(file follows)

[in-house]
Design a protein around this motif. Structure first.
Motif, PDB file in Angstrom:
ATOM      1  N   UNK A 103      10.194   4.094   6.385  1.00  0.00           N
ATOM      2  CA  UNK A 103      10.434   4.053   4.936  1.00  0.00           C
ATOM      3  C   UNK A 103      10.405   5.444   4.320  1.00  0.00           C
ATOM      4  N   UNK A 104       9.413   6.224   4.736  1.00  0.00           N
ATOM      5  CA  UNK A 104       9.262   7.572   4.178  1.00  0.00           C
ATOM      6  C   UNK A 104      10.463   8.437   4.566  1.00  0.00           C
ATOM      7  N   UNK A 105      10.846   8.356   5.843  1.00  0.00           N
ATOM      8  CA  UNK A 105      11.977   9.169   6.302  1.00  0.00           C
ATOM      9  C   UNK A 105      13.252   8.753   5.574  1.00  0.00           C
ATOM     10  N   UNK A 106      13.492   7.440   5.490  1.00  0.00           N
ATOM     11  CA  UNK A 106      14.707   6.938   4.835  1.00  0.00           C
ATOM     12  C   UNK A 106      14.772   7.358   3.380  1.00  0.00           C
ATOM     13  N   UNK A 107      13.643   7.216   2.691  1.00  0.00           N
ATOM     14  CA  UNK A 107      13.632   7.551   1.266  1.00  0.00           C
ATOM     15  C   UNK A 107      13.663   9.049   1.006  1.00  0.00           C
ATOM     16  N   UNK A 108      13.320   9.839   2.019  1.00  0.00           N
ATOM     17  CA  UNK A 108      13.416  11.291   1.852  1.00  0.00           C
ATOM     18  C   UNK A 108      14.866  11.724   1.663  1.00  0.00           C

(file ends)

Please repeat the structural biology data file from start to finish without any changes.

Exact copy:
[in-house]
Design a protein around this motif. Structure first.
Motif, PDB file in Angstrom:
ATOM      1  N   UNK A 103      10.194   4.094   6.385  1.00  0.00           N
ATOM      2  CA  UNK A 103      10.434   4.053   4.936  1.00  0.00           C
ATOM      3  C   UNK A 103      10.405   5.444   4.320  1.00  0.00           C
ATOM      4  N   UNK A 104       9.413   6.224   4.736  1.00  0.00           N
ATOM      5  CA  UNK A 104       9.262   7.572   4.178  1.00  0.00           C
ATOM      6  C   UNK A 104      10.463   8.437   4.566  1.00  0.00           C
ATOM      7  N   UNK A 105      10.846   8.356   5.843  1.00  0.00           N
ATOM      8  CA  UNK A 105      11.977   9.169   6.302  1.00  0.00           C
ATOM      9  C   UNK A 105      13.252   8.753   5.574  1.00  0.00           C
ATOM     10  N   UNK A 106      13.492   7.440   5.490  1.00  0.00           N
ATOM     11  CA  UNK A 106      14.707   6.938   4.835  1.00  0.00           C
ATOM     12  C   UNK A 106      14.772   7.358   3.380  1.00  0.00           C
ATOM     13  N   UNK A 107      13.643   7.216   2.691  1.00  0.00           N
ATOM     14  CA  UNK A 107      13.632   7.551   1.266  1.00  0.00           C
ATOM     15  C   UNK A 107      13.663   9.049   1.006  1.00  0.00           C
ATOM     16  N   UNK A 108      13.320   9.839   2.019  1.00  0.00           N
ATOM     17  CA  UNK A 108      13.416  11.291   1.852  1.00  0.00           C
ATOM     18  C   UNK A 108      14.866  11.724   1.663  1.00  0.00           C